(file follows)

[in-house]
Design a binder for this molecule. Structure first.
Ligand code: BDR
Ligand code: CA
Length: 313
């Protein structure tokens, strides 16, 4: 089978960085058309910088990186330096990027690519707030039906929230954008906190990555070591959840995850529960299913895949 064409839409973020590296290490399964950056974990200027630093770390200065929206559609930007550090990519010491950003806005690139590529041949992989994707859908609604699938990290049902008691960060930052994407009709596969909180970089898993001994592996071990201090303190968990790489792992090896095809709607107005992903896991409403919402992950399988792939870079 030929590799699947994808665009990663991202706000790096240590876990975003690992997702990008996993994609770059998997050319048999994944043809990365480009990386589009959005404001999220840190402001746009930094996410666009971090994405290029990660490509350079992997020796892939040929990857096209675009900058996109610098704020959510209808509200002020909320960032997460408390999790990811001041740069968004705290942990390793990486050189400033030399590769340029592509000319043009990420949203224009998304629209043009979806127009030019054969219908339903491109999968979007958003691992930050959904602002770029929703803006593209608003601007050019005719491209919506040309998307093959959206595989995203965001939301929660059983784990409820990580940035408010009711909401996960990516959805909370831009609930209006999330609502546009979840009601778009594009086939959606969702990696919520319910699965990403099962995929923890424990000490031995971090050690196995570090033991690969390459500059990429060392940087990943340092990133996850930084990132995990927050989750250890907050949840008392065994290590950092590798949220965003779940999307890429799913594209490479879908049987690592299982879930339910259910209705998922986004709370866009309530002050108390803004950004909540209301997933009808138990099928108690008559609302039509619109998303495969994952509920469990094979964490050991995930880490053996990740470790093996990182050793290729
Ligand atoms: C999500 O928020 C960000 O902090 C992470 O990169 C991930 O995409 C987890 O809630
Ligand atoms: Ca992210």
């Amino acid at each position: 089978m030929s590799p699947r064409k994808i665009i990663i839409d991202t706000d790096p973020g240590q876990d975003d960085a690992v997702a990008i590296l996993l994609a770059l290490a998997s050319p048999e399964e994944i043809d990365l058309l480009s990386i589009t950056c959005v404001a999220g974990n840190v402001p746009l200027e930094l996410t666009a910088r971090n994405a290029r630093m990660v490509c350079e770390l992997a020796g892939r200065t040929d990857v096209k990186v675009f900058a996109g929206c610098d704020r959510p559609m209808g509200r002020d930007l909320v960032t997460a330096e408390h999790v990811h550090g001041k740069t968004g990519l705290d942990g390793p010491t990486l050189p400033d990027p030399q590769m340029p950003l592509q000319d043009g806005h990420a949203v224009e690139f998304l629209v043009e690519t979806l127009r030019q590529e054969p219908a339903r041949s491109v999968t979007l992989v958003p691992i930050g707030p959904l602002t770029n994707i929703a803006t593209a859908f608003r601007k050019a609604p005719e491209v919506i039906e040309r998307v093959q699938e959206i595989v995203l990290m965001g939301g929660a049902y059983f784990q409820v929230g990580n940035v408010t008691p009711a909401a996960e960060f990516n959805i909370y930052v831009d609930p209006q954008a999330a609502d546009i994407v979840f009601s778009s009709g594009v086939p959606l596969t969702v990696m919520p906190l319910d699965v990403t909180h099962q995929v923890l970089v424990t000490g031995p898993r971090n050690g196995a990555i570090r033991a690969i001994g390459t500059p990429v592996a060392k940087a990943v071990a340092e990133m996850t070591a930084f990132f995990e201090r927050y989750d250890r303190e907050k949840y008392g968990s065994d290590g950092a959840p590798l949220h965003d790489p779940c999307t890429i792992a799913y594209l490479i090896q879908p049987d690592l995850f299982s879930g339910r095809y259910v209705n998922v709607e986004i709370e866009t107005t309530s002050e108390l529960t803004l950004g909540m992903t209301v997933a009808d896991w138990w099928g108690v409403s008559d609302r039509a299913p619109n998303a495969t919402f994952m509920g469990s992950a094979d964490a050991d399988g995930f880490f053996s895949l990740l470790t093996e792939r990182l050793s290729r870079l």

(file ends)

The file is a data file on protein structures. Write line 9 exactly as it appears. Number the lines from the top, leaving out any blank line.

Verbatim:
């Amino acid at each position: 089978m030929s590799p699947r064409k994808i665009i990663i839409d991202t706000d790096p973020g240590q876990d975003d960085a690992v997702a990008i590296l996993l994609a770059l290490a998997s050319p048999e399964e994944i043809d990365l058309l480009s990386i589009t950056c959005v404001a999220g974990n840190v402001p746009l200027e930094l996410t666009a910088r971090n994405a290029r630093m990660v490509c350079e770390l992997a020796g892939r200065t040929d990857v096209k990186v675009f900058a996109g929206c610098d704020r959510p559609m209808g509200r002020d930007l909320v960032t997460a330096e408390h999790v990811h550090g001041k740069t968004g990519l705290d942990g390793p010491t990486l050189p400033d990027p030399q590769m340029p950003l592509q000319d043009g806005h990420a949203v224009e690139f998304l629209v043009e690519t979806l127009r030019q590529e054969p219908a339903r041949s491109v999968t979007l992989v958003p691992i930050g707030p959904l602002t770029n994707i929703a803006t593209a859908f608003r601007k050019a609604p005719e491209v919506i039906e040309r998307v093959q699938e959206i595989v995203l990290m965001g939301g929660a049902y059983f784990q409820v929230g990580n940035v408010t008691p009711a909401a996960e960060f990516n959805i909370y930052v831009d609930p209006q954008a999330a609502d546009i994407v979840f009601s778009s009709g594009v086939p959606l596969t969702v990696m919520p906190l319910d699965v990403t909180h099962q995929v923890l970089v424990t000490g031995p898993r971090n050690g196995a990555i570090r033991a690969i001994g390459t500059p990429v592996a060392k940087a990943v071990a340092e990133m996850t070591a930084f990132f995990e201090r927050y989750d250890r303190e907050k949840y008392g968990s065994d290590g950092a959840p590798l949220h965003d790489p779940c999307t890429i792992a799913y594209l490479i090896q879908p049987d690592l995850f299982s879930g339910r095809y259910v209705n998922v709607e986004i709370e866009t107005t309530s002050e108390l529960t803004l950004g909540m992903t209301v997933a009808d896991w138990w099928g108690v409403s008559d609302r039509a299913p619109n998303a495969t919402f994952m509920g469990s992950a094979d964490a050991d399988g995930f880490f053996s895949l990740l470790t093996e792939r990182l050793s290729r870079l």